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Join the Discussion: What are your reactions to this program on Americans living an increasingly longer life, but needing more intensive, expensive and prolonged  caregiving?  What needs to change in order to address this looming crisis? How can we make change happen?

your personal story: Share your story of caring for an elderly loved one in the last part of their life:   What this involved and how it has affected you and your family.

Dear FRONTLINE,

I just wanted to say thanks for putting all of your amazing programs online. I don't have a television and get all of my news online, and I check for new Frontline episodes weekly and have watched a substantial percentage of the past episodes posted on the website. You do a great service to the community by offering your wonderful program to the public for free in this format.

Nick de Sieyes
Menlo Park, CA

Dear FRONTLINE,

your program looked only at the down side and ignored the fact that people can have some quality of life as they age. I loved the woman who refused to sign the paper her son wanted her to sign. Thank goodness someone had some spunk. Yes, it's difficult to age and yes it's difficult for the family. But who ever promised us that life would be easy. I like older people and enjoy talking with them. I have also been involved in the end of life care of my father. I just can't believe you produced a program so imbalanced to the negative side. Couldn't you have looked at the issue from both the positive and the negative point of view?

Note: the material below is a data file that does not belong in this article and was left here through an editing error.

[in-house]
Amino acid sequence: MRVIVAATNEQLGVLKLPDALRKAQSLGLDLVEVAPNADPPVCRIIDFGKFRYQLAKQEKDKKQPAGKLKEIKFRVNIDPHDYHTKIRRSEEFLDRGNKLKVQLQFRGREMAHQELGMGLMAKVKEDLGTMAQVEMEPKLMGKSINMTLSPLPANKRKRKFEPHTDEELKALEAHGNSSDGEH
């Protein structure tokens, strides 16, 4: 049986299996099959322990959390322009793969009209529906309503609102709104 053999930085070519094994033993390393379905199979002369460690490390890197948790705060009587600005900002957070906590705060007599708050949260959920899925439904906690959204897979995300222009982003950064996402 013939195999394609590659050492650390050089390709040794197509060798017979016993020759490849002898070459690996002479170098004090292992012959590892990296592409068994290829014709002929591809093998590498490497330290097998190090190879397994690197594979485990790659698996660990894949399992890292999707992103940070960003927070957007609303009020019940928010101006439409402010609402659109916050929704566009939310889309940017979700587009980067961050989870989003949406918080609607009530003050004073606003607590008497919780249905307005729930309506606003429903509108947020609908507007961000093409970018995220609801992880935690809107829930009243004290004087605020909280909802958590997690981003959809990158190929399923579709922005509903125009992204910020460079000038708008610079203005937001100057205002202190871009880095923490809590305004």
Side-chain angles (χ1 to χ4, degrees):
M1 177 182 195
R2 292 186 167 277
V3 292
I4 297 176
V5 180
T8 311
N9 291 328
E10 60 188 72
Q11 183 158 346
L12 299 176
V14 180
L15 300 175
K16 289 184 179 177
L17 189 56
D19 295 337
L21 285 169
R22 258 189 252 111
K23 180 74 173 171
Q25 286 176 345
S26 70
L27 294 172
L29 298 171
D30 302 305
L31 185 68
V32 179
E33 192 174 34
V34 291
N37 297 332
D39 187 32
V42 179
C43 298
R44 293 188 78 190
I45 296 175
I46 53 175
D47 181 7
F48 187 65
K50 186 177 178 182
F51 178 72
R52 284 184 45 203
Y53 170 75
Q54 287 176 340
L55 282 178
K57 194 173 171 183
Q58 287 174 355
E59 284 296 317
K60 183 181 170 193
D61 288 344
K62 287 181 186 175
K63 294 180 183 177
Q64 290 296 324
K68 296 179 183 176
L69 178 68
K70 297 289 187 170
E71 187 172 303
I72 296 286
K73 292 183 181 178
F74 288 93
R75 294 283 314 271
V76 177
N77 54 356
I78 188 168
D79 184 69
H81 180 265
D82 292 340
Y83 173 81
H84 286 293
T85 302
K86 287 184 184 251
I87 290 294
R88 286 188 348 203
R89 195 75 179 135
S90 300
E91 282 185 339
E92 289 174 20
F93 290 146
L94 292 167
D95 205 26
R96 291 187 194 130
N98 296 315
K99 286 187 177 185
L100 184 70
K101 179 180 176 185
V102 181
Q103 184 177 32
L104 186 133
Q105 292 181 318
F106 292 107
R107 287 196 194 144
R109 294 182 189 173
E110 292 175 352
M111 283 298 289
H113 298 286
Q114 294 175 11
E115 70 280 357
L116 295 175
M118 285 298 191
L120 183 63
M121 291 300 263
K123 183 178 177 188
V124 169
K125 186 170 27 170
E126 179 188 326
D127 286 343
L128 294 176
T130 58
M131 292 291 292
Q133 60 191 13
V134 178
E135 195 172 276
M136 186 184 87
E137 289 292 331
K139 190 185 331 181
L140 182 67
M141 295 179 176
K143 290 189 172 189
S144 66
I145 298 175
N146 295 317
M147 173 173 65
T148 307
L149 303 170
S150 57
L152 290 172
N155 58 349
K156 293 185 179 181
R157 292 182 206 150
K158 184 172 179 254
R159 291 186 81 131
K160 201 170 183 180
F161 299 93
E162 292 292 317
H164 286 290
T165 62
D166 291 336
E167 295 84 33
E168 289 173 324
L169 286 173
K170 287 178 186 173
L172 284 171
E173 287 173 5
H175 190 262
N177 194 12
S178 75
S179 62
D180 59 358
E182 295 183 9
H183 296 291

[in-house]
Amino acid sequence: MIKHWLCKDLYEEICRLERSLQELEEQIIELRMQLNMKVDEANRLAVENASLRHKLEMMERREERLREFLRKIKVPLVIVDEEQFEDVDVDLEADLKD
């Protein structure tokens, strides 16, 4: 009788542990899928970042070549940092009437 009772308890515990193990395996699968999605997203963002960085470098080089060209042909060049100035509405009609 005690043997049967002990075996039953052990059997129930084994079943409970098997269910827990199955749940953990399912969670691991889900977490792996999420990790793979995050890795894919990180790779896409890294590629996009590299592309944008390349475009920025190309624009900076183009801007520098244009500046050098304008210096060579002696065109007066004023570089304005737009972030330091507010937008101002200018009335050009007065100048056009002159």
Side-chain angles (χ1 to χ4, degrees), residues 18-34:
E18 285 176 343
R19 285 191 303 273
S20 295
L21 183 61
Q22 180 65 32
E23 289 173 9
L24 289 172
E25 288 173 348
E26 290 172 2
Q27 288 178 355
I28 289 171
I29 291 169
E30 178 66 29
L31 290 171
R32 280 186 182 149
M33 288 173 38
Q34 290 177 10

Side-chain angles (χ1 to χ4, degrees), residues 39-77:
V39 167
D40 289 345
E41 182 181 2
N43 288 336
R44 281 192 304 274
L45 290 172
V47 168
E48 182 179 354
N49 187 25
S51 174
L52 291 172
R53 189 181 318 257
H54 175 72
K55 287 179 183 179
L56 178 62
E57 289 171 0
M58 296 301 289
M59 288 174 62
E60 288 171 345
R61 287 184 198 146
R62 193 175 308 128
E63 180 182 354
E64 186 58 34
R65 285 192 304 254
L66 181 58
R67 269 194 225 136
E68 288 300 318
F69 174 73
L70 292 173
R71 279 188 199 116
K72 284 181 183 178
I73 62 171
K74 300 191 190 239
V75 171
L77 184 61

Candace D'Addario
Pasadena, California

Dear FRONTLINE,

At the risk of sounding callous, I've often wondered why we euthanize dogs, cats, horses, etc. for compassion or even "humanitarianism" then wholly reverse that same alternative when it comes to humans.

Where goes the logic? If one is wanting finally to die because of the hopeless quality of his/her life, or even so as not to be a life altering burden to his/her kids, then who are we or anyone else to impose our will upon that person? What happens to the sensitivity we would bestow on an animal? For most of our lives we make our own choices as to how we live our lives.

That freedom ceases and becomes controlled or denied by others, including our kids, when we try to choose to let go. Then may be the most important time to have that freedom.

Michael Griffee
Cassopolis, MI

Dear FRONTLINE,

I applaud Frontline for broadcasting a story that is rarely discussed in the mainstream media. It was thoughtfully produced and really touched my heart.

As a person in their late 20s, I appreciate the contributions of my elders and find programming like "Living Old" refreshing, insightful and valuable.

Even though I work for a senior care provider I do not work directly at the facility, so I learned much about the challenges and painful decisions that the elderly and their families face each day.

Thank you for encouraging dialogue about those that are very much still a part of our society!

Eloisa Townsend
Vancouver, Washington

Dear FRONTLINE,